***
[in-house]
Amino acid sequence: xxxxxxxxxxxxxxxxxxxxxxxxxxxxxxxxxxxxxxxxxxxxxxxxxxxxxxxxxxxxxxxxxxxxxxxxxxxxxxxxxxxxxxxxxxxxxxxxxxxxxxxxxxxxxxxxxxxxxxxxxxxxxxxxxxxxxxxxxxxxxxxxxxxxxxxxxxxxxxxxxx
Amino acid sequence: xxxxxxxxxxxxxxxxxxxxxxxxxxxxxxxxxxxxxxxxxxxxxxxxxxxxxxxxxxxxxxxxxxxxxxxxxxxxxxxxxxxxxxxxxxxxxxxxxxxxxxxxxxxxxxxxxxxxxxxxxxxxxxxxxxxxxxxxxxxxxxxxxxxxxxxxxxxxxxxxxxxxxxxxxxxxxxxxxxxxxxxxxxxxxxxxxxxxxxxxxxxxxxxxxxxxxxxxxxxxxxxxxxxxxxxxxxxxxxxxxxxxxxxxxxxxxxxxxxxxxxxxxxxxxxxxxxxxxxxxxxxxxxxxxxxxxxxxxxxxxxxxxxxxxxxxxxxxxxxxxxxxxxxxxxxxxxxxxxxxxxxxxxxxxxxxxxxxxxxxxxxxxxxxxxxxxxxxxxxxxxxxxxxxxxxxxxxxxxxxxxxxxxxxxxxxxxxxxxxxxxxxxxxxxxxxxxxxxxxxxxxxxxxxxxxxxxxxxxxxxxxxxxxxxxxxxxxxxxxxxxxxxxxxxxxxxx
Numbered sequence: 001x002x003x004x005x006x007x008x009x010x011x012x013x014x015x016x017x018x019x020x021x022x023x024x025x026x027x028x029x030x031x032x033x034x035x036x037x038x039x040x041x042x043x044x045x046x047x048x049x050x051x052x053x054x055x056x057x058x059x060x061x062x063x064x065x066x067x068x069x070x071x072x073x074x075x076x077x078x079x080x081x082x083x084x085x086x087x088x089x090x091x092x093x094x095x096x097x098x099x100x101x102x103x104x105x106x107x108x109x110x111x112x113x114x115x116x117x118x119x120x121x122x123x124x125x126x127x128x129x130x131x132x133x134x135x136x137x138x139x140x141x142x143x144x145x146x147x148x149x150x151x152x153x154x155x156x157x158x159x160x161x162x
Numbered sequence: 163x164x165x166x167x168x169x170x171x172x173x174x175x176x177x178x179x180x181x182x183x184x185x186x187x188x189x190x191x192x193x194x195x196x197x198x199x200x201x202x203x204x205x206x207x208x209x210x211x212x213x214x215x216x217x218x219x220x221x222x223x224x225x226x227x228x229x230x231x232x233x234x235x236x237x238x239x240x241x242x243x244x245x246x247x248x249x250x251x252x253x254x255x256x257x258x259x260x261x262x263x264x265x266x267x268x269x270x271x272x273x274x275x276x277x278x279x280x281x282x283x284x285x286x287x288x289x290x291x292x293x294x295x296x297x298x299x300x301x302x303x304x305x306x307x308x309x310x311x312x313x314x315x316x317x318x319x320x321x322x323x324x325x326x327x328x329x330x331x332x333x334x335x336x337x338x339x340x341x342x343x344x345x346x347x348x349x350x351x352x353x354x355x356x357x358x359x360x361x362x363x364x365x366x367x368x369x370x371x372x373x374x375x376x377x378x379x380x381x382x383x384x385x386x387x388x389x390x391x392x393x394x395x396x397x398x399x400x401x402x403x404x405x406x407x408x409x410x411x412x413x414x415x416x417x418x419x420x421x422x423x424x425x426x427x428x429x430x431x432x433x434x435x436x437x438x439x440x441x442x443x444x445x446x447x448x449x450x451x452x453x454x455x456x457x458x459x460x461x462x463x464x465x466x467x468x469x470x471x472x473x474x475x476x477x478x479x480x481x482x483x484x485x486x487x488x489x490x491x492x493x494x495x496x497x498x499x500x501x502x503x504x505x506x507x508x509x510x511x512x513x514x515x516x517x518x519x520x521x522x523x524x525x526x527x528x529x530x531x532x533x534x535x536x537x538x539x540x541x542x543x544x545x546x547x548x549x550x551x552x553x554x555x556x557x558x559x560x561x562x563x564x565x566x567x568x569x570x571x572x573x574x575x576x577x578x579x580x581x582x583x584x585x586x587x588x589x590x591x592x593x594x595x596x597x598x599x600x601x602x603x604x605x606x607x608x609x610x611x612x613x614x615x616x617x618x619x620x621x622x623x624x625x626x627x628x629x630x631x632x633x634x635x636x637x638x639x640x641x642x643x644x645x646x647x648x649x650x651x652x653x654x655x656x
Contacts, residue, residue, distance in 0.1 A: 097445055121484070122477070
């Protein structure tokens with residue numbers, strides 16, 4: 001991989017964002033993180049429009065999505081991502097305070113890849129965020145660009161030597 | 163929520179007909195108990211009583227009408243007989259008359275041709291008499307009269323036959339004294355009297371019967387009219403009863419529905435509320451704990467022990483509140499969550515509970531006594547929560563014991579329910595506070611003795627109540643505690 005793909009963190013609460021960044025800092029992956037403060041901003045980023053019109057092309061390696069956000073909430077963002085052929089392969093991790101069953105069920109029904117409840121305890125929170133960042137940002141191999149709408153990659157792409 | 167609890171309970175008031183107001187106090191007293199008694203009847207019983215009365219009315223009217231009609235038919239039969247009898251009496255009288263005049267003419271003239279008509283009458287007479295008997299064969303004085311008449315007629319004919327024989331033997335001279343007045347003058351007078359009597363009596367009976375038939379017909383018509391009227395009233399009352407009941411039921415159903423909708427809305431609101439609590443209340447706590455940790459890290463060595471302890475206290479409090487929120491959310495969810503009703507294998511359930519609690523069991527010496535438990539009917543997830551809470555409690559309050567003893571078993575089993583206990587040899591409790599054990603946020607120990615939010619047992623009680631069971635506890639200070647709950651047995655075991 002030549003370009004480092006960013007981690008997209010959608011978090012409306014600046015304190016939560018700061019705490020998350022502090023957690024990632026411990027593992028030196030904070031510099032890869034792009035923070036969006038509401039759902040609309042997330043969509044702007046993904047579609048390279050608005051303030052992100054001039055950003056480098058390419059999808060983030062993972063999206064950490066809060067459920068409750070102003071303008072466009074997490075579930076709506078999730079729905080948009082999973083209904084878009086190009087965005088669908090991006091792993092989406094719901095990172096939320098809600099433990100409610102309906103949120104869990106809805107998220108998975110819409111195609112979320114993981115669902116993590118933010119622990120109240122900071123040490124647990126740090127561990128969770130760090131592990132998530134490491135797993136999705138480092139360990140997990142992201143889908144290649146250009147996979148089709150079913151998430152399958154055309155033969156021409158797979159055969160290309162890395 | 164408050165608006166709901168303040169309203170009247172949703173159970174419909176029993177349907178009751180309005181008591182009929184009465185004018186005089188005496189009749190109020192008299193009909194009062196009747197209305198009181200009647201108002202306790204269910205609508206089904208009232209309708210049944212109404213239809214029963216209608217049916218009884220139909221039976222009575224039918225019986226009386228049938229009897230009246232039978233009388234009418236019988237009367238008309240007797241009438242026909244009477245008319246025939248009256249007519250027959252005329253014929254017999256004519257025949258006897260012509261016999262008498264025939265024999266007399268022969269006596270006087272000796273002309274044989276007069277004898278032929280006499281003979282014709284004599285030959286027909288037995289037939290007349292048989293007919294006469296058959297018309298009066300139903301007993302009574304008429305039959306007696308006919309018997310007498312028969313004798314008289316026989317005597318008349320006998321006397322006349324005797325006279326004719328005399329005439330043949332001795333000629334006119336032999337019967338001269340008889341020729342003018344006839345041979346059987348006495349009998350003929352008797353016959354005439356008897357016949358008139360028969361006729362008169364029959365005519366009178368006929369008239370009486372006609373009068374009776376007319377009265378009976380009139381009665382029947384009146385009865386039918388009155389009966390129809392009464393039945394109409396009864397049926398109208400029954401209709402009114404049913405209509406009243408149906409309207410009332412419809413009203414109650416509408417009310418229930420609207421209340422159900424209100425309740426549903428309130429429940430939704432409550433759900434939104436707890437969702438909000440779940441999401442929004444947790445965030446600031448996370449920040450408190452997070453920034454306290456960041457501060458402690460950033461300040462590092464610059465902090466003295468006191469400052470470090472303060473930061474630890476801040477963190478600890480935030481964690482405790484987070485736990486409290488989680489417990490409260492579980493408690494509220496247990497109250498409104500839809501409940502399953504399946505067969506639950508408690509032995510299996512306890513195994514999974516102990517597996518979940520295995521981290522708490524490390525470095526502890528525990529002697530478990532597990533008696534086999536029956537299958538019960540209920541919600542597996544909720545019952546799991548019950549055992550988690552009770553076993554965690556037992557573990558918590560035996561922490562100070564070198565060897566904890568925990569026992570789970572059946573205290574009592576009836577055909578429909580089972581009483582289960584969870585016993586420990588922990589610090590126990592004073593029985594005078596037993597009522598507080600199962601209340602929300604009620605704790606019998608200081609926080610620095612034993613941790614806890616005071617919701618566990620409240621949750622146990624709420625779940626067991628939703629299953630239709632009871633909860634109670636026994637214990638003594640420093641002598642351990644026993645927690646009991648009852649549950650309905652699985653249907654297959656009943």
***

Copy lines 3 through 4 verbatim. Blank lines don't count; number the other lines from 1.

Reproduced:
Amino acid sequence: xxxxxxxxxxxxxxxxxxxxxxxxxxxxxxxxxxxxxxxxxxxxxxxxxxxxxxxxxxxxxxxxxxxxxxxxxxxxxxxxxxxxxxxxxxxxxxxxxxxxxxxxxxxxxxxxxxxxxxxxxxxxxxxxxxxxxxxxxxxxxxxxxxxxxxxxxxxxxxxxxxxxxxxxxxxxxxxxxxxxxxxxxxxxxxxxxxxxxxxxxxxxxxxxxxxxxxxxxxxxxxxxxxxxxxxxxxxxxxxxxxxxxxxxxxxxxxxxxxxxxxxxxxxxxxxxxxxxxxxxxxxxxxxxxxxxxxxxxxxxxxxxxxxxxxxxxxxxxxxxxxxxxxxxxxxxxxxxxxxxxxxxxxxxxxxxxxxxxxxxxxxxxxxxxxxxxxxxxxxxxxxxxxxxxxxxxxxxxxxxxxxxxxxxxxxxxxxxxxxxxxxxxxxxxxxxxxxxxxxxxxxxxxxxxxxxxxxxxxxxxxxxxxxxxxxxxxxxxxxxxxxxxxxxxxxxxx
Numbered sequence: 001x002x003x004x005x006x007x008x009x010x011x012x013x014x015x016x017x018x019x020x021x022x023x024x025x026x027x028x029x030x031x032x033x034x035x036x037x038x039x040x041x042x043x044x045x046x047x048x049x050x051x052x053x054x055x056x057x058x059x060x061x062x063x064x065x066x067x068x069x070x071x072x073x074x075x076x077x078x079x080x081x082x083x084x085x086x087x088x089x090x091x092x093x094x095x096x097x098x099x100x101x102x103x104x105x106x107x108x109x110x111x112x113x114x115x116x117x118x119x120x121x122x123x124x125x126x127x128x129x130x131x132x133x134x135x136x137x138x139x140x141x142x143x144x145x146x147x148x149x150x151x152x153x154x155x156x157x158x159x160x161x162x